Skating 101

Be Strong
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Be Strong
Skating 101

Just one day at a nordic center can help with your alpine performance. If you've never skate-skied before, don't fret: You've probably already done it in your alpine gear to get to a lift or gain speed on the flats. "Intermediate and advanced alpine skiers can pick up skating pretty easily," says cross-country guru Chuck Kenlan, head of the nordic center at Mount Bachelor. He recommends taking a lesson to ensure proper technique. But if you want to go it alone, here are a few tips:

Stay on flat ground for the first few sessions. Your improvement will be tangible; your frustration, minimal.

To avoid catching a tip, think about pushing off your heels, not your toes.

Avoid twisting with your chest, hips, and head-keep your weight driving over the inner edge of the ski on which you are balanced.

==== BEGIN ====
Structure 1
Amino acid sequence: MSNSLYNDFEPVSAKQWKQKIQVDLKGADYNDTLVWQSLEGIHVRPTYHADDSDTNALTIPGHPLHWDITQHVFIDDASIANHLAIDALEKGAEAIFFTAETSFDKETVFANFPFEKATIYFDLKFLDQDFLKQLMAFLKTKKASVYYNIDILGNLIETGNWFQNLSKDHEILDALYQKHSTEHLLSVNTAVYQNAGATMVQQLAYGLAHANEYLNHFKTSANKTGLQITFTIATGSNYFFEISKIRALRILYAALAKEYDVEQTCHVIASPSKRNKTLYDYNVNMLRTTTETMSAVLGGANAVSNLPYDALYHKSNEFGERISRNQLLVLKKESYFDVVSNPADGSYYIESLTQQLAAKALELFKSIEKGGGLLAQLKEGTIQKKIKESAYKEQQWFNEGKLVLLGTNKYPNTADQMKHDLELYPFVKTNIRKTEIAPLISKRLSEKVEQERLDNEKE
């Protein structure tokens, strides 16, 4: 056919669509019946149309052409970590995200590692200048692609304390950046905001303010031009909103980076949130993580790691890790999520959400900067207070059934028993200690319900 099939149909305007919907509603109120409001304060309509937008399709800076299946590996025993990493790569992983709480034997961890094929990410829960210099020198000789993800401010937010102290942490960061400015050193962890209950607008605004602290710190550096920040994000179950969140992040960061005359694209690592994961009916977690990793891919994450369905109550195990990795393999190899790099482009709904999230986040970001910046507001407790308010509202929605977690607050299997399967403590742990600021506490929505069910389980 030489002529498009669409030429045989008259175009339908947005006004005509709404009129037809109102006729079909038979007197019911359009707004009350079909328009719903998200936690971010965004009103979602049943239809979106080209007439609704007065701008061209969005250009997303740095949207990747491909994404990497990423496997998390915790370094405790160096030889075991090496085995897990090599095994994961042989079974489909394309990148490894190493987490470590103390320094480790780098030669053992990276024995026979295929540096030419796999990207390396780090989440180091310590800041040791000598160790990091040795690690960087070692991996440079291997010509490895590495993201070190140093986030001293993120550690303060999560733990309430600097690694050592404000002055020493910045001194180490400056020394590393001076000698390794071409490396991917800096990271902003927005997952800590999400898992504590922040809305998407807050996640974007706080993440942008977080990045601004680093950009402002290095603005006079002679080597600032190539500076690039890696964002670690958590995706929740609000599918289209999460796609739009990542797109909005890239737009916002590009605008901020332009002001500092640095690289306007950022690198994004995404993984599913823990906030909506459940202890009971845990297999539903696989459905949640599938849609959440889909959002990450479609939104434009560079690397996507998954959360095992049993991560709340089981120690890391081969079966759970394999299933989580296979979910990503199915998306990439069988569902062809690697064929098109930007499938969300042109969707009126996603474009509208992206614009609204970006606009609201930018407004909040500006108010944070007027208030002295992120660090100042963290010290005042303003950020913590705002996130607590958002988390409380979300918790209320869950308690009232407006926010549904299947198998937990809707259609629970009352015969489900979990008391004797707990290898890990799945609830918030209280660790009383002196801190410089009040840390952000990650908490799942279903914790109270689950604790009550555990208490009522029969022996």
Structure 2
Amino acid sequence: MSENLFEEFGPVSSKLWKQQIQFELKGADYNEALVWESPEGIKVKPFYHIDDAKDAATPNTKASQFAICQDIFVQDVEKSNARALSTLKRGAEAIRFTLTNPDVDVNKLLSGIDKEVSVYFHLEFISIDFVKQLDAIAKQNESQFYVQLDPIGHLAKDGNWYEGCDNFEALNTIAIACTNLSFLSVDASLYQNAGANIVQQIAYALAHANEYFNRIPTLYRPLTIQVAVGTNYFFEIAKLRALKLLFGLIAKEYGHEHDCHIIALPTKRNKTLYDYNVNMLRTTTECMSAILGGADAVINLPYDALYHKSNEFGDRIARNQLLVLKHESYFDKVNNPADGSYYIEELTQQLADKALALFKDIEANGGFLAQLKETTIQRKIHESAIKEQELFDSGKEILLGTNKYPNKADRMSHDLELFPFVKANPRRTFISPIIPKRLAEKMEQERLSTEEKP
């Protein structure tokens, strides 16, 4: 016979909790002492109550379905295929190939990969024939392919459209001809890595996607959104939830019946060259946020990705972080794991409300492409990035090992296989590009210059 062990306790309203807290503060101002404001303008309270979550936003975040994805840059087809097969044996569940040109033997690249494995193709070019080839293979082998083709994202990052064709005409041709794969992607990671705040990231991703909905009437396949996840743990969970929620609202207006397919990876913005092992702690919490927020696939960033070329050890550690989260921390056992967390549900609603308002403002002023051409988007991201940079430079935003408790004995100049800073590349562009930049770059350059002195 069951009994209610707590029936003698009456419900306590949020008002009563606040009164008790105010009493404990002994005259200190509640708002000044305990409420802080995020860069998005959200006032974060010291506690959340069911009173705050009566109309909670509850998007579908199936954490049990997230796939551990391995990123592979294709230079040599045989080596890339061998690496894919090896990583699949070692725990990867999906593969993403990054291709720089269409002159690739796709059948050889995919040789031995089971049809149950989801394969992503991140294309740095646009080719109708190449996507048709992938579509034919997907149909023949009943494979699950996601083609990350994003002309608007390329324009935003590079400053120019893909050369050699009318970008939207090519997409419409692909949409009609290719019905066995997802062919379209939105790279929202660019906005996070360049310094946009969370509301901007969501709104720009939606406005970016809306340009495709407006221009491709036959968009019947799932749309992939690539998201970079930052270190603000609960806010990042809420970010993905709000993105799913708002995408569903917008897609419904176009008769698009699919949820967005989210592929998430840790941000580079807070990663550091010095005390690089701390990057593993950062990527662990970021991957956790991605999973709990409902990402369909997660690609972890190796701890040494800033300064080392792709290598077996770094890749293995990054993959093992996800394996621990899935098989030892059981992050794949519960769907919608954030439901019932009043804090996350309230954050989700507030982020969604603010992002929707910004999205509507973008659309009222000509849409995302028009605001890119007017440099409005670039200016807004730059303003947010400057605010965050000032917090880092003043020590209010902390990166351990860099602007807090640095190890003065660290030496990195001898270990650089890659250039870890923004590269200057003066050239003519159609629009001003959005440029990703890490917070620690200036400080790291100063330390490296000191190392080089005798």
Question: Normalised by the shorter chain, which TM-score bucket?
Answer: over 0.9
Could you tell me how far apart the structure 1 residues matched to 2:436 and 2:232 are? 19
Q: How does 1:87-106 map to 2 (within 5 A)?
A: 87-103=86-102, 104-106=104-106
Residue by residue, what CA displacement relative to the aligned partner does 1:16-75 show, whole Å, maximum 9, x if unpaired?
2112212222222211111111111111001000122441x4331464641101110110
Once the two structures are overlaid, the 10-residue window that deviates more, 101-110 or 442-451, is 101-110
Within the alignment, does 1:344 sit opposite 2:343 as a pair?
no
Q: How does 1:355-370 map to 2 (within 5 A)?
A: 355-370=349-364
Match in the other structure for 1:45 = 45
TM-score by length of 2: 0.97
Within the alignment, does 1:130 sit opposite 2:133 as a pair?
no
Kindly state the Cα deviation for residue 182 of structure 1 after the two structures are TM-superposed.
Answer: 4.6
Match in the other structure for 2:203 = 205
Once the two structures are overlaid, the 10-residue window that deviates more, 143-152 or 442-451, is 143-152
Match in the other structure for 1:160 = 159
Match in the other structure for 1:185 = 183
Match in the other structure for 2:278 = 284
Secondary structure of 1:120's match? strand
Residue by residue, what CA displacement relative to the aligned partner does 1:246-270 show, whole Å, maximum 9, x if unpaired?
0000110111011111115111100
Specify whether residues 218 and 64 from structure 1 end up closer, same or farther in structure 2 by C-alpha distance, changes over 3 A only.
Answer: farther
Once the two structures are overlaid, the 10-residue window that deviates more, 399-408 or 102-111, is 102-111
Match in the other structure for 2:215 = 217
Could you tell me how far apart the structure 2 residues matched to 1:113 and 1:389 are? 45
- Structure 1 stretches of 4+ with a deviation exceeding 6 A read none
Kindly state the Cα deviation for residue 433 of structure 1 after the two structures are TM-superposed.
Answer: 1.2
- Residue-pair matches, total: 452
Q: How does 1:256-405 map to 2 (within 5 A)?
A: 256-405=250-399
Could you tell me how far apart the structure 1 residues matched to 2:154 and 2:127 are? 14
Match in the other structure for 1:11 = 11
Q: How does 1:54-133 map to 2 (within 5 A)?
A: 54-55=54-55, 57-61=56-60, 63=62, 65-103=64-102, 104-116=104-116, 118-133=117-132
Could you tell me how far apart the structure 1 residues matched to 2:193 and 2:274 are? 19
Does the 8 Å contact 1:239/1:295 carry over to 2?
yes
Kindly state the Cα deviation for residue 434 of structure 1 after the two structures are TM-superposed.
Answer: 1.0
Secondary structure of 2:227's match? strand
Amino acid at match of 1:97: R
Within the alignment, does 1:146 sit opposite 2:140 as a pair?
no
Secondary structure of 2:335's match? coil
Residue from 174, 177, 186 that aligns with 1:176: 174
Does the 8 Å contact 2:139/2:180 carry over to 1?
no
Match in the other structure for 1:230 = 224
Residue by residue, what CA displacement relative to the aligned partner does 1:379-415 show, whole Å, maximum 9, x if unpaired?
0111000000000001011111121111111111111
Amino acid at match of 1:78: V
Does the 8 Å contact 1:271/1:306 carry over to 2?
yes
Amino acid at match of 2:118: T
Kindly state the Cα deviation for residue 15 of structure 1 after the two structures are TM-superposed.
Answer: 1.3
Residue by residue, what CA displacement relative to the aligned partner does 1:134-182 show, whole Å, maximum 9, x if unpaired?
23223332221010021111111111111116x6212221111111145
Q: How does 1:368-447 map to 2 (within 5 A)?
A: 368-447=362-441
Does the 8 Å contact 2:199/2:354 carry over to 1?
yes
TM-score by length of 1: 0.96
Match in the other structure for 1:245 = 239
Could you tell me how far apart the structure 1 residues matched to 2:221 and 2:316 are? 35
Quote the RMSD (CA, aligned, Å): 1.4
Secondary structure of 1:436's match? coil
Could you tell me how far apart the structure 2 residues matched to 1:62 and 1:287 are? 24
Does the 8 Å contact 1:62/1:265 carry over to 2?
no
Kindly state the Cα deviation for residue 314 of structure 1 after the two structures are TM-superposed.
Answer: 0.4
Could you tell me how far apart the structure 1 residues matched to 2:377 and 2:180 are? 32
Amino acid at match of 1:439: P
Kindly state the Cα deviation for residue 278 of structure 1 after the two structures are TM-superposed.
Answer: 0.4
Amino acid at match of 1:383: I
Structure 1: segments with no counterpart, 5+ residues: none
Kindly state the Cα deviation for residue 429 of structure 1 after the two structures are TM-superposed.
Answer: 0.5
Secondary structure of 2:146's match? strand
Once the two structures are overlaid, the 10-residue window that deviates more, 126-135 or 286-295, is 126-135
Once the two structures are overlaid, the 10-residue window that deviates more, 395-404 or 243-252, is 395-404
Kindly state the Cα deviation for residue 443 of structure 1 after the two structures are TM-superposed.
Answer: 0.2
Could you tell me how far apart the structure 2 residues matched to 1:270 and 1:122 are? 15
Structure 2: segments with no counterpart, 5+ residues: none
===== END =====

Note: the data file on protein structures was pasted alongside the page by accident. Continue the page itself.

Concentrate on driving out over each ski with a relaxed, rounded upper body and a flexed ankle and knee-don't let yourself sit back like you're in a chair.

Rent the right equipment. Skate skis are 10 to 15 centimeters shorter than touring cross-country skis; poles should come to about chin height.

Once you have a solid grasp on the basics, aim for a consistent pace that keeps your heart rate at 60 to 70 percent of your maximum. "If you can be balanced and skate strong on skinny skis for an hour," says Kenlan, "You can alpine ski harder and longer. You'll notice improvement right away."